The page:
Monthly Archives: January 2014

Rave: Carrie by Stephen King

Carrie By Stephen King

Carrie by Stephen King. Garden City, N.Y. : Doubleday, 1974. Review copy provided by my local library.

The first thing to say about Stephen King’s Carrie is that most of the time, you’re already diving into the book with the knowledge that it doesn’t end well. Carrie does not have a happy ending, believe me. If you’ve heard anything about the young girl Carrie with mysterious powers, an overbearing (and extremely religious) mother and bullies to boot, you know that this book goes under the “Most Deaths Ever in the History of..Ever,” section.

But just because it doesn’t have a happy ending doesn’t mean it isn’t a compelling, heartbreaking and masterfully woven story with twists and turns and personality traits that fall perfectly with the characters, antagonists and protagonists alike. You see the characters either become sick and twisted, or have revelations about how Carrie is, in fact, human.

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Rave: Delilah Dirk & the Turkish Lieutenant

Whew! It’s been a minute since my last post here! Of course, I’m sure you all know there are other places on the internet where you can get book reviews, but I do want to use this blog to highlight favorites from NAFCPL’s Teen Scene! In 2014 I resolve not to abandon the blog again. Please hold me to this!

For starters, here’s a book I just read after seeing it recommended by several people.

Delilah Dirk & the Turkish Lieutenant by Tony Cliff

Delilah Dirk & the Turkish Lieutenant by Tony Cliff. New York : First Second, 2013. Review copy provided by my local library.

As many of you know, I read a lot of comics. I do love reading about superheroes, but I’m also happy to see original stories with new characters, especially when the new characters are as much fun as Delilah Dirk. When we first meet the titular characters, Delilah Dirk is imprisoned in a Turkish palace after being caught breaking in, and Erdemoglu Selim is the lieutenant who’s been dispatched to interrogate her, because of his language skills. 

Lieutenant Selim enters her cell, where she’s sitting on the floor and chained to the wall. He starts the interrogation by offering her tea:

Selim: I’ve made tea for you.

Delilah: No thank you. I only drink the blood of my enemies.

Selim: (shocked expression)

Delilah: Haha, it’s a joke.

Selim: I think that, in your position, it would be wise to maintain a less casual attitude.

Delilah: Mm. Yes. Absolutely. Done.

This is a perfect introduction to these two characters. Selim is very proper and very concerned about the quality of his tea. Delilah is a carefree adventurer, and she proceeds to impress the heck out of Selim by telling him all about her globetrotting adventures. She also tells him upfront that she’s planning to escape and that she’s very confident that the palace’s guards will be no match for her skills.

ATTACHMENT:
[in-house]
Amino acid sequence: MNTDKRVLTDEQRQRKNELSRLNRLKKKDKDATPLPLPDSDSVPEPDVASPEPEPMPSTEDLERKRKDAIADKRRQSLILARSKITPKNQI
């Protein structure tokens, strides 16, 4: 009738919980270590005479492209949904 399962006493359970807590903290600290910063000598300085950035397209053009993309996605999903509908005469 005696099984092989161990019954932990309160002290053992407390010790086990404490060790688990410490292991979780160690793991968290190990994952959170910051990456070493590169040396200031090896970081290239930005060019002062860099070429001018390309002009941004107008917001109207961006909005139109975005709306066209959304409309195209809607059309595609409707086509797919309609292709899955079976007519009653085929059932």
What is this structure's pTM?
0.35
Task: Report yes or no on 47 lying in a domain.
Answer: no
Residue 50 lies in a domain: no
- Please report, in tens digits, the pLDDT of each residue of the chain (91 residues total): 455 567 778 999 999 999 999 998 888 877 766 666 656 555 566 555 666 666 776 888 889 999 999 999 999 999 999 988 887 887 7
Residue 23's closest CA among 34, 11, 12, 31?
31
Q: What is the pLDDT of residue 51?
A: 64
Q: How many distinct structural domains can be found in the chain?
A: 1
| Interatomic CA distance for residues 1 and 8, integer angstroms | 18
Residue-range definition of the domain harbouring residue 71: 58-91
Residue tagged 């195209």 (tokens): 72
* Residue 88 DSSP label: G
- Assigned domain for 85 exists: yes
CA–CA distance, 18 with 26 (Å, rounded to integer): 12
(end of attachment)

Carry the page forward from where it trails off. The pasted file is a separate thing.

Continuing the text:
Later, as Selim relays this information to his superior, he’s scolded for humoring Delilah by believing that any of what she says could possibly have been true. But they’re interrupted by Delilah fleeing the palace. Selim’s superior decides that Selim must have had something to do with her escape, and sentences him to death. But Delilah rescues him, and both flee the palace together in Delilah’s flying boat (another unbelievable thing mentioned in her interrogation). Selim ends up tagging along on Delilah’s quest to steal some treasure back from the Pirate Captain Zakul.

I’ve seen this book compared to Indiana Jones, which I’ll buy to a certain extent. Both are comedic action stories about world traveling characters. I appreciate how Delilah Dirk uses a gender flip of the usual conventions for this type of story–Delilah’s the savvy swordswoman, and Selim is the meek tea brewer who’s in a bit over his head. But the story also creates a space for Selim to use his own skillset. Both characters learn from each other over the course of the story, which is both emotionally compelling and hilarious. A lot of the comedy comes from Cliff’s excellent artwork–he’s great at showing Delilah and Selim’s reaction faces. The story feels fresh, and it’s a great use of the graphic novel format. 

Reviewed by: teen librarian Renata

Recommended for: fans of Indiana Jones, and anyone looking for an adventure

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